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The Clinical Value of Serum Ferritin Tests in Endurance Athletes.

Garza, Dan A.B.; Shrier, Ian M.D., Ph.D.; Kohl, Harold W. III Ph.D.; Ford, Paul M.D.; Brown, Monte M.D.; Matheson, Gordon O. M.D., Ph.D
Clinical Journal of Sport Medicine: January 1997
Rotating Clinical Curriculum: PDF Only

Objective: It is common practice to measure serum ferritin levels in endurance athletes because of the belief that low iron stores may compromise performance. The direct relationship between endurance performance and iron deficiency anemia is well known, but there are theoretical reasons to believe that endurance performance may be adversely affected by low iron stores even in the absence of frank anemia. The purpose of this article is to provide a critical review of the scientific evidence relating low iron stores to endurance performance.

Data sources: Medline was searched using MeSH for articles related to ferritin and endurance published since 1985. Additional references were reviewed from the bibliographies of the retrieved articles.

Study selection: All clinical study designs were reviewed as well as relevant animal studies. Conclusions regarding endurance performance in humans were limited to data from clinical studies.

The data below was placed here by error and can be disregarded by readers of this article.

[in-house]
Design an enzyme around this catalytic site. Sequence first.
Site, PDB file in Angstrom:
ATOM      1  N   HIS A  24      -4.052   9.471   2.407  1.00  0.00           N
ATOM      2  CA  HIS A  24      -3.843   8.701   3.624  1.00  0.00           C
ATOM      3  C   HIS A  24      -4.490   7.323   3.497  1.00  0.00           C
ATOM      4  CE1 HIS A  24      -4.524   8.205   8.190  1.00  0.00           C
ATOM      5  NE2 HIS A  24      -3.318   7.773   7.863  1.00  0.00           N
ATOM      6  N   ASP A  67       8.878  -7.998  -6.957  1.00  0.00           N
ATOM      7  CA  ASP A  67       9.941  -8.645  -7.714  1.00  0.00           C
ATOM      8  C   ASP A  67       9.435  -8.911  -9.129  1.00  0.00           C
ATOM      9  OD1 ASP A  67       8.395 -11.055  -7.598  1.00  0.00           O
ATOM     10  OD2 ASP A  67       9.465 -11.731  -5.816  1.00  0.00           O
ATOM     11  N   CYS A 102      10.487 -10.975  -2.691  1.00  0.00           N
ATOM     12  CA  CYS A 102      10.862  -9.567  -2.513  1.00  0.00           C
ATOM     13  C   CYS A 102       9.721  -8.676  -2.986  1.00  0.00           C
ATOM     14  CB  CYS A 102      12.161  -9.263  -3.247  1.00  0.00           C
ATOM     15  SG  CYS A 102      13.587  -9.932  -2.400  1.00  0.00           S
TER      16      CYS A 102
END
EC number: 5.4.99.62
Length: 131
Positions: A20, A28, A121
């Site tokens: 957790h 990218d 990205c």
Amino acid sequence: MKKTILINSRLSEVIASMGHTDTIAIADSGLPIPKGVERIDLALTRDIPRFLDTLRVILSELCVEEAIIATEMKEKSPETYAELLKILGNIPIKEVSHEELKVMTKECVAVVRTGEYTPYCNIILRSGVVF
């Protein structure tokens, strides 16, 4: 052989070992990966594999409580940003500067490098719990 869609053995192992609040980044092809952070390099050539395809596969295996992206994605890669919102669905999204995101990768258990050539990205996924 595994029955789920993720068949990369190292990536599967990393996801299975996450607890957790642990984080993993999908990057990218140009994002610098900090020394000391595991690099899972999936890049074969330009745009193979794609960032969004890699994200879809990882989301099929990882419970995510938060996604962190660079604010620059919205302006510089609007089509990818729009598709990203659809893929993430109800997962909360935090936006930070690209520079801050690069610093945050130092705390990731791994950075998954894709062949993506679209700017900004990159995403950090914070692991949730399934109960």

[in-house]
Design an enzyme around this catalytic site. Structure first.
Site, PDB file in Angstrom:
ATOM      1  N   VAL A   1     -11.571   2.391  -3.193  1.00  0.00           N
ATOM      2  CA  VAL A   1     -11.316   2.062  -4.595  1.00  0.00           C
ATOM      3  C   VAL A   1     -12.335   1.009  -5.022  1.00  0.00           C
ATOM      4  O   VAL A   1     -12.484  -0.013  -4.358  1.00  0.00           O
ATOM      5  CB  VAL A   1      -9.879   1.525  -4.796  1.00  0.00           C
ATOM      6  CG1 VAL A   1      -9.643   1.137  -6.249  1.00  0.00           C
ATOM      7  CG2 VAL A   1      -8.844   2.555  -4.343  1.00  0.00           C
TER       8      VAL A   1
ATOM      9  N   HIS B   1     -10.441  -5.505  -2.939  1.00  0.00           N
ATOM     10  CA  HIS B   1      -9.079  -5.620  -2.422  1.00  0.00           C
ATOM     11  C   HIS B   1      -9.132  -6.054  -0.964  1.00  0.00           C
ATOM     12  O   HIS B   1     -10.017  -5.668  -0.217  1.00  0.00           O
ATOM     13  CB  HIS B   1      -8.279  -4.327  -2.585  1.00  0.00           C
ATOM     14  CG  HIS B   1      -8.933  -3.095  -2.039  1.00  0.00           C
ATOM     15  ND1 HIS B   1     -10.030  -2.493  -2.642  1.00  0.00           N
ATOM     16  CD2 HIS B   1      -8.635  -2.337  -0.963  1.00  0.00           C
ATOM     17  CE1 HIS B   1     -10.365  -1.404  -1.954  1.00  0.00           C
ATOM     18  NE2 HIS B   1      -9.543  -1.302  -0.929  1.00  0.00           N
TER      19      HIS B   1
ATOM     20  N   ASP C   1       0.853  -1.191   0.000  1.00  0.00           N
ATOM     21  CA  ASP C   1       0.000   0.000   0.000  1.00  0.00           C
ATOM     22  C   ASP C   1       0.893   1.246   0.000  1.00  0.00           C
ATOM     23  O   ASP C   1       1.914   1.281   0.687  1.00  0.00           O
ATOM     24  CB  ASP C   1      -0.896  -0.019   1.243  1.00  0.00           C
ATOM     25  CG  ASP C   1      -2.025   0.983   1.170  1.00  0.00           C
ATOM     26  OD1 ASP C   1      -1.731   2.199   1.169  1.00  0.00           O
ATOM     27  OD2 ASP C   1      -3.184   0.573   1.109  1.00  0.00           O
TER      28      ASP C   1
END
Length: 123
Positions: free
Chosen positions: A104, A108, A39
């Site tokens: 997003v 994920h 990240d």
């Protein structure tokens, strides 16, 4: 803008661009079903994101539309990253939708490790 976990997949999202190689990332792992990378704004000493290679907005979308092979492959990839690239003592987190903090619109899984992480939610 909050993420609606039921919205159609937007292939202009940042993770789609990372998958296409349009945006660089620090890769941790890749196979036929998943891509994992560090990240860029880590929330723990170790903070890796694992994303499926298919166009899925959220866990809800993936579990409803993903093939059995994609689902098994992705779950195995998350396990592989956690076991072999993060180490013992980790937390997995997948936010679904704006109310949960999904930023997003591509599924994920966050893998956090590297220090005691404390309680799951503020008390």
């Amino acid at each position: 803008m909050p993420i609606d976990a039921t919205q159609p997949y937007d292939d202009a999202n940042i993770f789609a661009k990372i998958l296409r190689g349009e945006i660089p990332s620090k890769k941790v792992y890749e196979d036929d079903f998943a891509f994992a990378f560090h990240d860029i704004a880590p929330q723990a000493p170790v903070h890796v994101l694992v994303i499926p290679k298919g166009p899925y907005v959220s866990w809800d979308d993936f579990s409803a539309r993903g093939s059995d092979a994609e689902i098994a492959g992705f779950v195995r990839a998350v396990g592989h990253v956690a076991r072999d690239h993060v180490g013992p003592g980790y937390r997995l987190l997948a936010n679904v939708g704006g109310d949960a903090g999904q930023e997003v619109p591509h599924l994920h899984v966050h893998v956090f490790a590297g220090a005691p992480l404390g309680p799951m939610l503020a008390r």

Data extraction and synthesis: In reviewing the literature, the relative strengths of the study designs were examined carefully. Particular attention of the effectiveness of each study in isolating ferritin as the key independent variable. Dependent measures of endurance capacity were also evaluated.

Main results: Eight studies isolated serum ferritin as the experimental variable. Only one study reported a significant improvement in endurance performance (time to exhaustion) in subjects with low ferritin levels treated with oral iron, but this finding may have been magnified by an unexplained decrease in time to exhaustion in the control group. Iron dosages differed in the studies reviewed. Two additional studies that reported increases in performance parameters following increases in ferritin were confounded by concomitant increases in hemoglobin levels.

Conclusions: Iron supplementation can raise serum ferritin levels, but increases in ferritin concentration, unaccompanied by increases in hemoglobin concentration, have not been shown to increase endurance performance. Of concern to the clinician is that athletes with low ferritin levels but hemoglobin in the low-normal range may have iron deficiency anemia responsive to iron supplementation. Low ferritin with hemoglobin in the mid- to upper normal range is at best a relative indication for iron supplementation; low ferritin with hemoglobin in the low normal range is a stronger, yet still relative, indication for iron supplementation in athletes.

(C) Lippincott-Raven Publishers.